May 01, 2016

Review: Dear Mr. Henshaw

Dear Mr. Henshaw Dear Mr. Henshaw by Beverly Cleary
My rating: 4 of 5 stars

On the occasion of her 100th birthday, I made a shrine to Beverly Cleary, who has been a favorite author of mine since early childhood. In doing so, I learned that she had won the prestigious John Newbery Medal only once, not for one of the Ramona books, or Henry Huggins's, or Ralph Mouse's, but for a book I'd never heard of called Dear Mr. Henshaw. So I bought a Kindle edition and read it on my phone on the subway.

 Which may not have been the best idea, because Dear Mr. Henshaw is a beautiful, extremely emotional book. Of course, being a writer myself, stories about young writers being introduced to their craft hit me where I live, but that doesn't account for all of this epistolary novel's power. There's a sharp, sneaky honesty in every line, expressed in simple, direct language, that has a cumulative heartbreaking effect. Not just because of sadness, but because of a deep sense of understanding. So I kept sniffling on the subway, my sinuses heating as I struggled back tears.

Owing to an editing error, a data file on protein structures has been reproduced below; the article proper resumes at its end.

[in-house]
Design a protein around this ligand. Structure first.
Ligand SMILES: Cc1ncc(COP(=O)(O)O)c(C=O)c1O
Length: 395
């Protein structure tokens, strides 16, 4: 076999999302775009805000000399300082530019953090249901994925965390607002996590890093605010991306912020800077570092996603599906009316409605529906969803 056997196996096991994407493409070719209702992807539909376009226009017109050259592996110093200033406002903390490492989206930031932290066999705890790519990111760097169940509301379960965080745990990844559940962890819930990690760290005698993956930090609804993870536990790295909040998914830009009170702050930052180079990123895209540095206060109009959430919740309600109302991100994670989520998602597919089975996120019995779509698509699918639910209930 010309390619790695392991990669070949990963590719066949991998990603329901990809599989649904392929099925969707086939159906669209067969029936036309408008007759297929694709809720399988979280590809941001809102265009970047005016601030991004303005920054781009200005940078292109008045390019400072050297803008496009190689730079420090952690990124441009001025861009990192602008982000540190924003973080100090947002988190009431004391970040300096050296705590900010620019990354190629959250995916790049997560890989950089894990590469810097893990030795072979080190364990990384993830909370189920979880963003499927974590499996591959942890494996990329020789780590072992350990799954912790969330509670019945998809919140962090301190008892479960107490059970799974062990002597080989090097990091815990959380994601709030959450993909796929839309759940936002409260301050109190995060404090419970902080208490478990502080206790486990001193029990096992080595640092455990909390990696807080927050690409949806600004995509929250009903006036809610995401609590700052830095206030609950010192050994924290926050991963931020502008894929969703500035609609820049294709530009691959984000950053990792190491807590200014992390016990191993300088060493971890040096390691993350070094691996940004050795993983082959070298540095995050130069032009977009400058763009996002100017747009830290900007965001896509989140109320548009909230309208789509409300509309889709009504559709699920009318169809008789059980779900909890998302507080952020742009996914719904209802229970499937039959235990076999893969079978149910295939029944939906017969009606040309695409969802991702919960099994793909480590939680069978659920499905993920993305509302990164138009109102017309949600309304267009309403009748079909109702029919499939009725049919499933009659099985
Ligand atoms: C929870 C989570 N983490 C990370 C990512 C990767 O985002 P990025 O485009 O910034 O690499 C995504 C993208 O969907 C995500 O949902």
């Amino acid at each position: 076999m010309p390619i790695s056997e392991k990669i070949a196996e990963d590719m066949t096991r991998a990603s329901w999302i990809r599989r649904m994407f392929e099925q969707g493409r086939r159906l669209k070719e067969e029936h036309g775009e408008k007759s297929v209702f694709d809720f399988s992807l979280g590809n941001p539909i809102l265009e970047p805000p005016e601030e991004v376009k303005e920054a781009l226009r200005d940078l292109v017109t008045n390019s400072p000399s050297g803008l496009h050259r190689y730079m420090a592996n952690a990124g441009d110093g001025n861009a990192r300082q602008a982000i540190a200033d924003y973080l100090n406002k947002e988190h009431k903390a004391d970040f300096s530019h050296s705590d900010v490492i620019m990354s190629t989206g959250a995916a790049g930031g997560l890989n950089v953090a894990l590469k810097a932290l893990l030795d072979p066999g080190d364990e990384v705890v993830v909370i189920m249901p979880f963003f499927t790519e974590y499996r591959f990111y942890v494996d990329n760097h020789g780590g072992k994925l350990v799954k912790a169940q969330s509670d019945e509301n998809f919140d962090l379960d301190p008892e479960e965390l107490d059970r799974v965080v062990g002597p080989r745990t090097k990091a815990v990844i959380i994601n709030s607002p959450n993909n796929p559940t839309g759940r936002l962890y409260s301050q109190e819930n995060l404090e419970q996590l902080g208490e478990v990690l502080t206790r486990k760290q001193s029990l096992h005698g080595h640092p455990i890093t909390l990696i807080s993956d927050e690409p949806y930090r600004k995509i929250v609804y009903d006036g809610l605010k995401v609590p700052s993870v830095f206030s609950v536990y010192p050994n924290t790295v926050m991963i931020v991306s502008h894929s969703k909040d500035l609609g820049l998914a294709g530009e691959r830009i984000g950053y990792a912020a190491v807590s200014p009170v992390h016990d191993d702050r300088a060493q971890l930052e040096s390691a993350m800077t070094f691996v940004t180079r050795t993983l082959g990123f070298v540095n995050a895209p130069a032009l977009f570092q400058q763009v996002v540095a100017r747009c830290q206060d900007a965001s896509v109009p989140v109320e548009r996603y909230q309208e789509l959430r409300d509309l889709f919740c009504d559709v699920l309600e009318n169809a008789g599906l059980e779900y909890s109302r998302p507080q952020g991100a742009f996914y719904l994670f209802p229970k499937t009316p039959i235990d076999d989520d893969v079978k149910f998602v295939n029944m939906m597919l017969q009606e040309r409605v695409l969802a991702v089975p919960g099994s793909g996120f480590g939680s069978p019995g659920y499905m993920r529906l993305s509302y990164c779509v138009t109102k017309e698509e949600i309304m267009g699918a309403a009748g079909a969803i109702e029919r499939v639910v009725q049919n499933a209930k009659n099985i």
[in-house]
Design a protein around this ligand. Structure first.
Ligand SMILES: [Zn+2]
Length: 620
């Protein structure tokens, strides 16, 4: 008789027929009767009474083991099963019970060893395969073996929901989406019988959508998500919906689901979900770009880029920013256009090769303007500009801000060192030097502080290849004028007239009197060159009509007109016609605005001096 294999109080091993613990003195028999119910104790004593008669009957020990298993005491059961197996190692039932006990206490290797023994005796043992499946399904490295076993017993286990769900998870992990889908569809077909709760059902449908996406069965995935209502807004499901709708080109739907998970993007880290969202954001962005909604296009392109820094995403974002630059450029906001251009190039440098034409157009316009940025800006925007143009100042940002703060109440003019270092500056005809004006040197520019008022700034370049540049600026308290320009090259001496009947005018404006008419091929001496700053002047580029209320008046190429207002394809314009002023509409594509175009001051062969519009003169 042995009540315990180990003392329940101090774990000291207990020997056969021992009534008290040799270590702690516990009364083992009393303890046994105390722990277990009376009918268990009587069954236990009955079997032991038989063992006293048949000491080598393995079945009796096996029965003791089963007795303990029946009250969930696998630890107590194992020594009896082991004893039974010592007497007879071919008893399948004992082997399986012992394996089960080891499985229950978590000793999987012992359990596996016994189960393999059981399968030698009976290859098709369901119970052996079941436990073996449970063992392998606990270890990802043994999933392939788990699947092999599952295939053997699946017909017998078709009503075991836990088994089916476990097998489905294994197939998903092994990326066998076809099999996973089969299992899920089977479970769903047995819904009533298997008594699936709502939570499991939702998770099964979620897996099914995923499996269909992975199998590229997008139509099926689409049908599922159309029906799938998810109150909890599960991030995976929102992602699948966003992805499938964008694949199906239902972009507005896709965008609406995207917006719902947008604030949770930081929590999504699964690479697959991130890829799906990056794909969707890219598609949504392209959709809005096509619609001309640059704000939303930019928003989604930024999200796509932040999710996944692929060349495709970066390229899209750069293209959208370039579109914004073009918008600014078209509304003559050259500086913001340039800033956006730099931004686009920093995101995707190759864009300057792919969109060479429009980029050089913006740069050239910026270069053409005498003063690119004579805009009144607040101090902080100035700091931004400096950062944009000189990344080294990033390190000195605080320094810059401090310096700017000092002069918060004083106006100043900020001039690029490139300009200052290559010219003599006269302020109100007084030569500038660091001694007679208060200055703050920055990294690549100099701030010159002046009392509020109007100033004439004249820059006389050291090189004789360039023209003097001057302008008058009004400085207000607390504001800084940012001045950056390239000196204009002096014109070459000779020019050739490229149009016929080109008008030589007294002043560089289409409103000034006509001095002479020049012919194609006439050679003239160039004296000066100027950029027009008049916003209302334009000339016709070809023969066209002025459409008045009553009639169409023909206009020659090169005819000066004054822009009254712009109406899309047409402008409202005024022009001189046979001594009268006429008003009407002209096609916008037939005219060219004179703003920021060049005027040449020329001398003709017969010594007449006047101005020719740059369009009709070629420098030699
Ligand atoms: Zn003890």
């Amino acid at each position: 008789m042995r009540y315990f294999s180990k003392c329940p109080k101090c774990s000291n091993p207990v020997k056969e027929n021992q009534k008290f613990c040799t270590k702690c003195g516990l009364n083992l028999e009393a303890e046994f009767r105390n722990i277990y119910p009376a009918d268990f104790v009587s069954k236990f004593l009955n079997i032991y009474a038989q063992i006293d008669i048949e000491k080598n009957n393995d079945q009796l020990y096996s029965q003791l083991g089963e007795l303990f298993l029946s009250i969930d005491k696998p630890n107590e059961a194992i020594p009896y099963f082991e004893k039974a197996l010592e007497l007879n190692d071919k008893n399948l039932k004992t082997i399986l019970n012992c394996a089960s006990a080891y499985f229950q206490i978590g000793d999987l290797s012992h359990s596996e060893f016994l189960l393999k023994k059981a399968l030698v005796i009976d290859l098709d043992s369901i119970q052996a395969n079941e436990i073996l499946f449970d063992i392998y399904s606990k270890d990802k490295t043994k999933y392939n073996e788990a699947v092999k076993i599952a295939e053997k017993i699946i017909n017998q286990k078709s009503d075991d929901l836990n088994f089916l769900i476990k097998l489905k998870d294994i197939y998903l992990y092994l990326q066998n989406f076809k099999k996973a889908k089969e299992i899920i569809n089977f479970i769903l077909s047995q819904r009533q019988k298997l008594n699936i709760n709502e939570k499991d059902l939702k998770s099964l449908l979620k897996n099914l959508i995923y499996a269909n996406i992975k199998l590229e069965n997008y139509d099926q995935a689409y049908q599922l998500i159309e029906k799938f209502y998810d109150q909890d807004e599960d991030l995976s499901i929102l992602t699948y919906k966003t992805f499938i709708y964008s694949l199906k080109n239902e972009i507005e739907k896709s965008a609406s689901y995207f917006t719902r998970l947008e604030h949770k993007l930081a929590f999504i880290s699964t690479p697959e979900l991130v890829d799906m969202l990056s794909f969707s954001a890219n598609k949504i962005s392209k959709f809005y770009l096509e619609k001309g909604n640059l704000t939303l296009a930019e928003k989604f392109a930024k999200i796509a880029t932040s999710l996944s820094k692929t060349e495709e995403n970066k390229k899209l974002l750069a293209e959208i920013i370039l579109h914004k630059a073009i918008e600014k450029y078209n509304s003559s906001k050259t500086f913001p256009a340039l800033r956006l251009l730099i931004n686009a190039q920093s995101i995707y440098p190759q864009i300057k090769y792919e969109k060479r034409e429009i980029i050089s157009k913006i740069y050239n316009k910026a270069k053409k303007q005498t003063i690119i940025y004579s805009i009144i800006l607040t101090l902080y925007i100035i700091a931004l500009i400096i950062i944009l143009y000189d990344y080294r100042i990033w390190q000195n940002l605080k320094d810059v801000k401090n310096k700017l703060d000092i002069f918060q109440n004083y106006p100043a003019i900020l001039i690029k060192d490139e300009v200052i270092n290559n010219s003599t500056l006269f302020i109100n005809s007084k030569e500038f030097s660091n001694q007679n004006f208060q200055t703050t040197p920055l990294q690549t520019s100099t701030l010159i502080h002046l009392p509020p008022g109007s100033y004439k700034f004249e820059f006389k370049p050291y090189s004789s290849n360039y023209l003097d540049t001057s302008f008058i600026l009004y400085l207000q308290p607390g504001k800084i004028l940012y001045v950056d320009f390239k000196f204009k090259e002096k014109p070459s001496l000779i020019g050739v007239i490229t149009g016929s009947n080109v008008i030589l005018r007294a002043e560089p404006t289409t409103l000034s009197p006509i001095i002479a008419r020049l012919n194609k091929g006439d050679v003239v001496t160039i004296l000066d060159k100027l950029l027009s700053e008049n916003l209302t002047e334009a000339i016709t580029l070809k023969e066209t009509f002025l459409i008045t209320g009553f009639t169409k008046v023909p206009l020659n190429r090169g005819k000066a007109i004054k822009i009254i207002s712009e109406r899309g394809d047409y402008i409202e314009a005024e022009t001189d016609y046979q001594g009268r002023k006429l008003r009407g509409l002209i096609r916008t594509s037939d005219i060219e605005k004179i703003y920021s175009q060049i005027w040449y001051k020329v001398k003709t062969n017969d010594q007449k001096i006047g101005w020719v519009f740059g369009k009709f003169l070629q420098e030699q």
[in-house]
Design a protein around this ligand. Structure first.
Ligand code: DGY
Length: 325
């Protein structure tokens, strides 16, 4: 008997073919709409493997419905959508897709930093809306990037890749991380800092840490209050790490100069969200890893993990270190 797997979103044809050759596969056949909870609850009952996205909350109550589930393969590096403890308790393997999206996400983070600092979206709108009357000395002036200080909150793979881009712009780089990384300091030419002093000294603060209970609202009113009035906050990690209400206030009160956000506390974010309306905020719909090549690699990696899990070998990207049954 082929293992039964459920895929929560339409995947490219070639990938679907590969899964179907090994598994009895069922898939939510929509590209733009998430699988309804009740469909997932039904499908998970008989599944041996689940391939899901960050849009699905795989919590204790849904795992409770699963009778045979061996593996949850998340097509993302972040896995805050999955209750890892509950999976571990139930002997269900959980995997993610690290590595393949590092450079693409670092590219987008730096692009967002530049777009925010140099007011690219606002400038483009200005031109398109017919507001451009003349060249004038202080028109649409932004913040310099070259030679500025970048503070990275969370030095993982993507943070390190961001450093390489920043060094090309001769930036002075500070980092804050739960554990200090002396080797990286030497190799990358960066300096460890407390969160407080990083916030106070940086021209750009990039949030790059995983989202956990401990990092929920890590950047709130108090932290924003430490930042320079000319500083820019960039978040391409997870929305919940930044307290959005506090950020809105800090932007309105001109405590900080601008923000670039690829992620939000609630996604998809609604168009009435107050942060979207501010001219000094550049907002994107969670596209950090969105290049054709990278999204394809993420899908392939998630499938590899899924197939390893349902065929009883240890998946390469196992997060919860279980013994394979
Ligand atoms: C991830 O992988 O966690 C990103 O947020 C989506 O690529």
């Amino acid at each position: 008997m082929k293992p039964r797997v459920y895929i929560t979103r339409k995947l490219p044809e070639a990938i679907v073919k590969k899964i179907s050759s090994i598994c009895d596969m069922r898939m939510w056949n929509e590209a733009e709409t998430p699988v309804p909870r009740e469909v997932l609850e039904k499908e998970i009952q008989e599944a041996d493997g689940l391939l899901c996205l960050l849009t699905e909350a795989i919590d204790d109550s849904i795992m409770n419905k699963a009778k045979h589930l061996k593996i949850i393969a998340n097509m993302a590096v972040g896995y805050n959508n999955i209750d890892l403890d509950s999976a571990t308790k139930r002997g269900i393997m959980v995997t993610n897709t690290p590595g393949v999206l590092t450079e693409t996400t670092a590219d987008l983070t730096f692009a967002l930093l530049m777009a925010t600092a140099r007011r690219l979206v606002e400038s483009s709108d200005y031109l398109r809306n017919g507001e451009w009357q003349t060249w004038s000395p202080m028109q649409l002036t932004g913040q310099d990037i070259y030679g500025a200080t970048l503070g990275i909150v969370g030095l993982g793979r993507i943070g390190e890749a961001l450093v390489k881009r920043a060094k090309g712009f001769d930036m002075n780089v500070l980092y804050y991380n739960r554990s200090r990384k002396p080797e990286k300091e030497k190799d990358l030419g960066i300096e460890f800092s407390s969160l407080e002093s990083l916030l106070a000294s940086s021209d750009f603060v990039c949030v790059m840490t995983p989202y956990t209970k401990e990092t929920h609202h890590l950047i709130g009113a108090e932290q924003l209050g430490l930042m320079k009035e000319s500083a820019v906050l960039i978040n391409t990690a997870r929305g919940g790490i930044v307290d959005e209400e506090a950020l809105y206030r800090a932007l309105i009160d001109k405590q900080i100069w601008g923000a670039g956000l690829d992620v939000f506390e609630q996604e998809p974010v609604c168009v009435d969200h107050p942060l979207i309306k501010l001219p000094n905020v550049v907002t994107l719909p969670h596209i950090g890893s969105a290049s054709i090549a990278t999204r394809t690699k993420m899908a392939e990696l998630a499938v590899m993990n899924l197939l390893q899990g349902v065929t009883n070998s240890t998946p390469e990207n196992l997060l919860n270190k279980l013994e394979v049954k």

That keen sense of fully comprehending the pre-adolescent struggle to create a space for oneself, to open up realms of possibility that could open up into adulthood, to place one's parents in the spectrum of humanity and accept their failings and good points along with your own, all comes together in a crisp, accurate child's voice in his letters. It's lovely.

 However, I found the ending disappointing. There's no real wrap-up to the arc with the writer, Mr. Henshaw, who inspires and frustrates Leigh Botts, the protagonist. The story merely eases to a close. There are sequels, where more of the story is explored, no doubt, but I believe this book should have had more of a satisfying resolution standing on its own. Perhaps there should be a collected edition of the two Leigh Botts books (or I should have bought both immediately), because I was left feeling unfulfilled by this first book in the incomplete narrative.

 Still, it's emotionally brilliant and gorgeous until the story runs out of pages.

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